From Life

http://www.marcquinn.com/work/view/subject/self%20(blood%20head)/#/3203

Sculptor Marc Quinn chose a unique medium for his 1991 self-portrait Self: The life-sized bust is fashioned from nine pints of the artist’s own blood, collected over a period of weeks, poured into a mold, and frozen. It sits in a transparent cube with its own refrigeration unit.

“I have come across viewers who, on seeing Self for the first time, describe a sensation akin to tingling, a kind of spinal over-excitation, or a curious shudder — that involuntary somatic spasm referred to in common speech by the phrase ‘someone walking on one’s grave,’ writes Cambridge philosopher Peter de Bolla in Art Matters (2001). “And for some these immediate somatic responses may quickly give way to a variety of thoughts associated with formally similar presentations of the human head or face: the death mask, waxwork, funerary sculpture, embalmed body, or anatomical model. When this happens, the frisson of the physical encounter rapidly mutates into a jumble of thoughts as if an impulse — call it a spark of affect — sets in motion a series of reactions that leave their trace in whatever permeable surface they encounter.”

Podcast Episode 23: A Victorian Poisoning Mystery

2014-08-25-podcast-episode-23

On New Year’s Day 1886, London grocer Edwin Bartlett was discovered dead in his bed with a lethal quantity of liquid chloroform in his stomach. Strangely, his throat showed none of the burns that chloroform should have caused. His wife, who admitted to having the poison, was tried for murder, but the jury acquitted her because “we do not think there is sufficient evidence to show how or by whom the chloroform was administered.”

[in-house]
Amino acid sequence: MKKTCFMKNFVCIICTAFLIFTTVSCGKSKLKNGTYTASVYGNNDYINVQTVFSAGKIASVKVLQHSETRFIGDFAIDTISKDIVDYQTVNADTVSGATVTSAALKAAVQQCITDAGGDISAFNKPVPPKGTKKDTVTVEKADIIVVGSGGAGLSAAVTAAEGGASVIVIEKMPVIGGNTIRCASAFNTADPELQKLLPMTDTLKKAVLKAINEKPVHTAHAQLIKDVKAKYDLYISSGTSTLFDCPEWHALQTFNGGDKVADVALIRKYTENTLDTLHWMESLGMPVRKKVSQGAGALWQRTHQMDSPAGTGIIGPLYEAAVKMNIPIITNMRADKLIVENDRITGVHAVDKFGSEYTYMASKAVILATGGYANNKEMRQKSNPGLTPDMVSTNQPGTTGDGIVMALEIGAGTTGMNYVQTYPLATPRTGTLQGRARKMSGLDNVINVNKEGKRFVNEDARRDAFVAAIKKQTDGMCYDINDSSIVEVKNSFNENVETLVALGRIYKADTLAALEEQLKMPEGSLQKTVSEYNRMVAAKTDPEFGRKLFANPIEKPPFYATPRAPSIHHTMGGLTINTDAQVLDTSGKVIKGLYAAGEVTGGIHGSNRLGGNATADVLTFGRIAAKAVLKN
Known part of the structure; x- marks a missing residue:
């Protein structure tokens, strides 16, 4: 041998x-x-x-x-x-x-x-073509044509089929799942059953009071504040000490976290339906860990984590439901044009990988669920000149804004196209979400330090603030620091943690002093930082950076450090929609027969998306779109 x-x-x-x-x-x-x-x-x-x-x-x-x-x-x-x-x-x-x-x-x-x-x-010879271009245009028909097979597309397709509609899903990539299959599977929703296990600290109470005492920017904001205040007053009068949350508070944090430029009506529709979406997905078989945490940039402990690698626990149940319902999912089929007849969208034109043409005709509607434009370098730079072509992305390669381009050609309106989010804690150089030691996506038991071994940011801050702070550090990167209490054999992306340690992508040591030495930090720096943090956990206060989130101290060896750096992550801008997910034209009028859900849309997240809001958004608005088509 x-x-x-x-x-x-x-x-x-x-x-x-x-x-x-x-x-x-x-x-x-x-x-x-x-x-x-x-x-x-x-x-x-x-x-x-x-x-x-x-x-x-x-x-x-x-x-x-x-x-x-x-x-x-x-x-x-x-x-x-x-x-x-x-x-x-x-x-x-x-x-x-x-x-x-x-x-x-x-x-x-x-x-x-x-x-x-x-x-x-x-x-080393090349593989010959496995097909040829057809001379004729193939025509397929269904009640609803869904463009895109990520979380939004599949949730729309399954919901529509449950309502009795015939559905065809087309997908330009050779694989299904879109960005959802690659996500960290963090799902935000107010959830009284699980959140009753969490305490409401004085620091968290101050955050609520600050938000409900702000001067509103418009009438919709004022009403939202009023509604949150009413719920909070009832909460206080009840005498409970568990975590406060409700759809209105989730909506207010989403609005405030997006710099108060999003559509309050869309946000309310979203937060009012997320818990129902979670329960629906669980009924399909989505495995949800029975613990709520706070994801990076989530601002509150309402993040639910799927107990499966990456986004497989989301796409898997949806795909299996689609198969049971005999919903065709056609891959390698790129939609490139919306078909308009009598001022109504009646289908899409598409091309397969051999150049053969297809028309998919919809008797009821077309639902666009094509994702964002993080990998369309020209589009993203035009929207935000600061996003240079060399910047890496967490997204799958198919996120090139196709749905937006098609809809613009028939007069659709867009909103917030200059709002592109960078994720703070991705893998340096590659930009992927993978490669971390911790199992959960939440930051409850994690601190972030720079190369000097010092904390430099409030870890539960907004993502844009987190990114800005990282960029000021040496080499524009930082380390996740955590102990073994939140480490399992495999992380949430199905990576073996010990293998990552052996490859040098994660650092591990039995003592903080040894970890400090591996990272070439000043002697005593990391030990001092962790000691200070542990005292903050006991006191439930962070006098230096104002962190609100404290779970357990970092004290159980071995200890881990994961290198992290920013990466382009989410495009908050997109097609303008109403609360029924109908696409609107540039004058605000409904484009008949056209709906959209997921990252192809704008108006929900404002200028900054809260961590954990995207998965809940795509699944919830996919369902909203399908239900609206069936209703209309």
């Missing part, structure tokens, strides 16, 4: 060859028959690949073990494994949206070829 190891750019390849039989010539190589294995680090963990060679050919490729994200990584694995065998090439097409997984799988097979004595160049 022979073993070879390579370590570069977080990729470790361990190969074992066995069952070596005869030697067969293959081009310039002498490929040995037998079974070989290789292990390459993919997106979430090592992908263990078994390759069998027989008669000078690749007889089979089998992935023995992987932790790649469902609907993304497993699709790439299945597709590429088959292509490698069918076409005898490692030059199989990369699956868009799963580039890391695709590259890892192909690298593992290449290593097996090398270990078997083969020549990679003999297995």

In this episode of the Futility Closet podcast we’ll learn about Edwin and Adelaide Bartlett’s strange marriage and consider the various theories that have been advanced to explain Edwin’s death. We’ll also sample a 50,000-word novel written without the letter E and puzzle over a sure-footed American’s visit to a Japanese office building.

Sources for our segment on Adelaide Bartlett and the Pimlico poison mystery:

“The Pimlico Poisoning Case,” The Times, Feb. 16, 1886, 10.

“The Pimlico Poisoning Case,” The Times, March 8, 1886, 12.

“The Pimlico Mystery,” The Observer, March 21, 1886, 3.

“Central Criminal Court, April 13,” The Times, April 14, 1886, 6.

“Central Criminal Court, April 16,” The Times, April 17, 1886, 6.

“The Pimlico Mystery,” Manchester Guardian, April 19, 1886, 5.

Michael Farrell, “Adelaide Bartlett and the Pimlico Mystery,” British Medical Journal, December 1994, 1720-1723.

Stephanie J. Snow, Blessed Days of Anaesthesia: How Anaesthetics Changed the World, 2009.

A full record of the trial was published in 1886, with a preface by Edward Clarke, Adelaide’s barrister.

The full text of Ernest Vincent Wright’s 1939 novel Gadsby: A Story of Over 50,000 Words Without Using the Letter “E”, is available at Wikisource.

Here’s an excerpt from A Void, the English translation of George Perec’s 1969 novel La Disparition, also written without the letter E.

Two notable Futility Closet posts regarding lipograms:

This week’s lateral thinking puzzle comes from Mental Fitness Puzzles, by Kyle Hendrickson, Julie Hendrickson, Matt Kenneke, and Danny Hendrickson, 1998.